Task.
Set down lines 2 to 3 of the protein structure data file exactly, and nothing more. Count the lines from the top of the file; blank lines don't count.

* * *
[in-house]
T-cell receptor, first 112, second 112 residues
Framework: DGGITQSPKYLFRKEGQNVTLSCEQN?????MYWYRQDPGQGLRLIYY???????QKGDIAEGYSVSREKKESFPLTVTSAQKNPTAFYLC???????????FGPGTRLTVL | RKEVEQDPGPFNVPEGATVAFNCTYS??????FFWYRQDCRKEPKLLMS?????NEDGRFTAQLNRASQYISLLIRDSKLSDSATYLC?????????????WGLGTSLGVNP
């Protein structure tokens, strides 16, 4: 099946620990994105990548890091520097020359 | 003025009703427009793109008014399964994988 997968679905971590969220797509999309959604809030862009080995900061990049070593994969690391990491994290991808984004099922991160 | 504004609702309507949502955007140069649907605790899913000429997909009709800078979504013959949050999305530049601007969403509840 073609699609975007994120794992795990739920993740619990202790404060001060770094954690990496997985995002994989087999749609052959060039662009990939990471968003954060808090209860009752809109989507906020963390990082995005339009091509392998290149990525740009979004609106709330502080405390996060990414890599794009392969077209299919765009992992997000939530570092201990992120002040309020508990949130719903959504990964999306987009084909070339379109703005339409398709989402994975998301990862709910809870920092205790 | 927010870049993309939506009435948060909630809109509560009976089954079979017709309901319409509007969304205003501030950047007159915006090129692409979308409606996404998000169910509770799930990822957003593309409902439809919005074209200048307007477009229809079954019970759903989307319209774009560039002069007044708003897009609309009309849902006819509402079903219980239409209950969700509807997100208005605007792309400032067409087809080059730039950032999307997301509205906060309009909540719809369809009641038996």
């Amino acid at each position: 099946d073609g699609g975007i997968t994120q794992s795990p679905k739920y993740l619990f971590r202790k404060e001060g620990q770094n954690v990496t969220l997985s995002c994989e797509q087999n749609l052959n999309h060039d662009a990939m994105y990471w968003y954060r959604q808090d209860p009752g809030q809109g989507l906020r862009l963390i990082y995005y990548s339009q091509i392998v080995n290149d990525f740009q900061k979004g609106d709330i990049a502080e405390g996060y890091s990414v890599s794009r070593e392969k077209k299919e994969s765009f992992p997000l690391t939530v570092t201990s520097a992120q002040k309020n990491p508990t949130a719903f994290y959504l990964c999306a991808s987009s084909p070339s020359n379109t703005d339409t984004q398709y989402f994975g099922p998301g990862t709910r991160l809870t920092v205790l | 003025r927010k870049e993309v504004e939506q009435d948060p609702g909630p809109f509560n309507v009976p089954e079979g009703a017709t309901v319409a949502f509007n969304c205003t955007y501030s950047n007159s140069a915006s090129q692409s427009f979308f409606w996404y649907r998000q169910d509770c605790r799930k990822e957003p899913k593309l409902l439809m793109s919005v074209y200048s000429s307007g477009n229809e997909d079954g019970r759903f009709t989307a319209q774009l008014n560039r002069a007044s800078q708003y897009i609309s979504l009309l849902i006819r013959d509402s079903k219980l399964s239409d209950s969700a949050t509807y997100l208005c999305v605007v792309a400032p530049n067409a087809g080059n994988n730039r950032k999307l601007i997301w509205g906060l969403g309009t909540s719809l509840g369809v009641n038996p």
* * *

T-cell receptor, first 112, second 112 residues
Framework: DGGITQSPKYLFRKEGQNVTLSCEQN?????MYWYRQDPGQGLRLIYY???????QKGDIAEGYSVSREKKESFPLTVTSAQKNPTAFYLC???????????FGPGTRLTVL | RKEVEQDPGPFNVPEGATVAFNCTYS??????FFWYRQDCRKEPKLLMS?????NEDGRFTAQLNRASQYISLLIRDSKLSDSATYLC?????????????WGLGTSLGVNP